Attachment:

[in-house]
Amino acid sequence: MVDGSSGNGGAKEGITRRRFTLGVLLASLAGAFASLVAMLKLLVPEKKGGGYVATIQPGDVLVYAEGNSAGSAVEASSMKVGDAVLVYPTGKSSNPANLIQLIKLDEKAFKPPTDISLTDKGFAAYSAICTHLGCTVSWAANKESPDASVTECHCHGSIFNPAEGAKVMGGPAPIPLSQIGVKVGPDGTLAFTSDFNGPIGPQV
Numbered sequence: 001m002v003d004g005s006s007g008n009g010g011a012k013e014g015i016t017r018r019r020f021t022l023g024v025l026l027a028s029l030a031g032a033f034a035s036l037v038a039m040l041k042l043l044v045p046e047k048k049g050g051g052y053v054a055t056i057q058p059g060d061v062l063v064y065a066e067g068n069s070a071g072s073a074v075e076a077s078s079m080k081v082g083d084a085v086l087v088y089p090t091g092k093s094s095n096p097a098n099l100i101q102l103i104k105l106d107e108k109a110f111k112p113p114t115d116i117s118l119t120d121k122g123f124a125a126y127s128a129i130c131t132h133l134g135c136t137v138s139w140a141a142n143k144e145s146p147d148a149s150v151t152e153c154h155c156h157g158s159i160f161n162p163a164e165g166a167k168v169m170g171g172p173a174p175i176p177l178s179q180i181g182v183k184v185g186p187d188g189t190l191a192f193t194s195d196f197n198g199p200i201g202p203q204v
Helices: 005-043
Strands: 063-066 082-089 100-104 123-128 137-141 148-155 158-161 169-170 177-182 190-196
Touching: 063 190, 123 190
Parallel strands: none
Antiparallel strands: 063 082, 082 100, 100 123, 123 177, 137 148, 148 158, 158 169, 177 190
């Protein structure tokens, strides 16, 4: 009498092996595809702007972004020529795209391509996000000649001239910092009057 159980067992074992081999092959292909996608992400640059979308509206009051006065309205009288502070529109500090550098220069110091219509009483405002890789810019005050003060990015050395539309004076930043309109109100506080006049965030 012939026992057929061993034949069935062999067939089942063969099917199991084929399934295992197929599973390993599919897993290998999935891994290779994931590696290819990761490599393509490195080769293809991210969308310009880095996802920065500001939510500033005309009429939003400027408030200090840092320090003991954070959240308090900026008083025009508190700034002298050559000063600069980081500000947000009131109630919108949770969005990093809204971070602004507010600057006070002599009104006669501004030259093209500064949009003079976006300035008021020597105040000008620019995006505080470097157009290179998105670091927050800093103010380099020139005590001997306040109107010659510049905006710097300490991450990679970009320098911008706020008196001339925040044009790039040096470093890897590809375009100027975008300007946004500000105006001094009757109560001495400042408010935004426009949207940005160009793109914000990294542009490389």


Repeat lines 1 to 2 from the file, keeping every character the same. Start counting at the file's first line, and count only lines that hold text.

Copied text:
[in-house]
Amino acid sequence: MVDGSSGNGGAKEGITRRRFTLGVLLASLAGAFASLVAMLKLLVPEKKGGGYVATIQPGDVLVYAEGNSAGSAVEASSMKVGDAVLVYPTGKSSNPANLIQLIKLDEKAFKPPTDISLTDKGFAAYSAICTHLGCTVSWAANKESPDASVTECHCHGSIFNPAEGAKVMGGPAPIPLSQIGVKVGPDGTLAFTSDFNGPIGPQV